by Darla Isackson
At his 80th birthday party, beloved teacher Ivan Barrett made quite an announcement. He said that the work of a reputable research team has proven that those who have the most birthdays live the longest! That message came to me poignantly last week when a friend my age passed away three days before my birthday. I’ve never been bothered by birthdays, but this one caused me great introspection because my friend who just turned sixty a few months ago will never see sixty-one.
Suddenly the temporary nature of my time on earth seems very real, the “dust to dust” nature of my body clearly evident. What vulnerable, fragile houses our bodies are for our resilient, immortal spirits. I remember reading something like that when the Challenger crew died in an instant due to some tiny defect in the spaceship they were trusting their lives to. I revisited those thoughts on 9-11 and recently when the Columbia crew was lost.
Whether our bodies are suddenly shattered or are merely subject to the moment by moment entropy that leads to deterioration and death, mortal life is so temporary, so limited in scope, so uncertain. When I was young, my life spread out before me like a never-ending path of adventure and intrigue. Sunrise, sunset . . . Swiftly fly the years . . . and now I count every year a bonus. No wonder I feel such a sense of urgency, such a sense of needing to love more fully, live more abundantly, and to complete whatever is still unfinished of my mission on earth. I wish I could remember to treasure each hour, appreciating the gifts of time and choice. I want to transcend the nonsense, maintain my sense of humor, and recognize the vast value of each passing minute. My goal is to say each morning “this is the day the Lord has made. I will rejoice and be glad in it.”
I want to spend a lot of my remaining hours on things no one else but me could do–leave the rest to others younger and more energetic. No one else can record what I have learned or document my life experiences or glean from my files the words most meaningful to me. No one else is likely to take “matter unorganized”–my countless stacks of photos–and finish the picture histories of myself and my family that I’ve started. There is no time to lose, but I must not set aside living in order to record my life! I have adorable grandchildren who need my loving care, grown children dear to my heart, a husband who enjoys my attention, friends who need my encouragement. I must leave my mind and heart open and receptive to God’s quiet prompting. He may at any moment present new divine priorities. Only the Holy Spirit can whisper how I should spend my time in a way I will not regret.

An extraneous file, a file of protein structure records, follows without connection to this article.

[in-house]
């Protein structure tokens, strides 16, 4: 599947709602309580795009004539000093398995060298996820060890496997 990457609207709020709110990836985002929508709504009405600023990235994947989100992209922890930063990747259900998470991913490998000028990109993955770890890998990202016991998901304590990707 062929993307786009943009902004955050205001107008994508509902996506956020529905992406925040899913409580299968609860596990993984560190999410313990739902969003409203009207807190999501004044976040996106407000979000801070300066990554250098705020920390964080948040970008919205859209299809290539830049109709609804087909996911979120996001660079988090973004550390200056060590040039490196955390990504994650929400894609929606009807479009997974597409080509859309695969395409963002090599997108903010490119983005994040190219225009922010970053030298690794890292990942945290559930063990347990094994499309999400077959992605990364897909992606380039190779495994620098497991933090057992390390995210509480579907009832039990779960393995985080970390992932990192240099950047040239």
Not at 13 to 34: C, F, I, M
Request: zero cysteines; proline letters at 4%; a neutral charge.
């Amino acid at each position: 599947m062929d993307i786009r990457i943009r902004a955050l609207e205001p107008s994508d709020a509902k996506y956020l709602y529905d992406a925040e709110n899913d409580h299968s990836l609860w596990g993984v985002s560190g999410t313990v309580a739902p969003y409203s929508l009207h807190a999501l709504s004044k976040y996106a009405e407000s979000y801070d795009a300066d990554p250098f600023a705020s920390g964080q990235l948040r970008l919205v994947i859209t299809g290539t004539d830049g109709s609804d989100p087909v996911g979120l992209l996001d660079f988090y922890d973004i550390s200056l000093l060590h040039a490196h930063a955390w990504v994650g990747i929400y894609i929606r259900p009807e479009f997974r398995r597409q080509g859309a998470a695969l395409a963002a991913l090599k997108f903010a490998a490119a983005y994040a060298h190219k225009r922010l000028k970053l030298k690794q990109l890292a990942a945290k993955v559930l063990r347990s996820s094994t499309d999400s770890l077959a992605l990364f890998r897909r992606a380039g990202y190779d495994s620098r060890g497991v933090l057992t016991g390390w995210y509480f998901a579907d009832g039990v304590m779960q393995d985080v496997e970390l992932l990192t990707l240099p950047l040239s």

Although it may seem trite to say we can make the sunset of our lives as colorful and beautiful as the sunrise, I believe that is true. We have so many more shades of color to work with as life unfolds, so much more appreciation for the variations, so many more years of experience in choosing from a full palette which colors we want to splash on our individual sky. The longer I paint my own pictures, the more I realize that life is so much more about being than doing, and that many sunsets I perceived earlier as losses I now see as blessings that continue to enrich my life.
Loss or Gain?
Victor Frankl said, “What you have experienced, no power on earth can take from you. Not only our experiences, but all we have done, whatever great thoughts we may have had, and all we have suffered, all this is not lost, though it is past . . . Having been is also a kind of being, and perhaps the surest kind.” Thinking of this, I wrote:
Those who define their lives by Do-ing
Grow old with sighs and moans . . .
Wiser folks bless each advancing year,
Accept diminished muscle mass as trade-off for soul strength.
They may lose hearing, sight, possessions, family members, health;
But with each loss gain greater grip on Be-ing.
While the dim, fickle paintbrush of “I can do” slows steadily,
“I am” paints colors richer, brighter deeper ’til life’s last breath.
Ardis Whitman said “The years are like a diamond cutter, striking away the shapelessness, leaving behind the essence of the self. They teach us to be responsible and adequate and reasonably brave.” I need all the bravery I can get as I face life’s inevitable losses. Still, even the label “loss” is a matter of perspective. One fine, clear day I wrote
Some Days I Think All Life is Loss
Lamenting length of loss
I grieve shattered dreams and disillusion,
failure to create “ideals.”
I mourn lost times with children flown . . .
No more angel-faced infants making soft sounds of satisfaction,
toddlers giggling gaily, delighted with discovery,
winsome smiles when baby teeth are lost,
No more school triumphs, little league, music lessons,
teenage exuberance, high expectations.
All too soon my dreams and children flew the nest,
Leaving razor-sharp regret; is sorrow my bequest?
On Wiser Days I Know All Life is Gain
I sigh with deep contentment at each heart-held rich memory–
All mine to savor any time I choose–
I miss my babies, yet I wouldn’t wish the old days back;
With each age and stage come new and precious ways we’ve grown.
Great compensations for each loss–
What I have now exceeds all joys I’ve known:
freedom to choose how I spend my hours,
satin-skinned grandbabies to cuddle and coo over,
time to pursue creative dreams, sort out memories, embrace peaceful living.
Each year past brings more life, awareness, hope.
Freedom from illusion as I embrace more truth.
The golden years of life are truly better than the rest . . .
Perspective’s wondrous gifts are heaven-blest.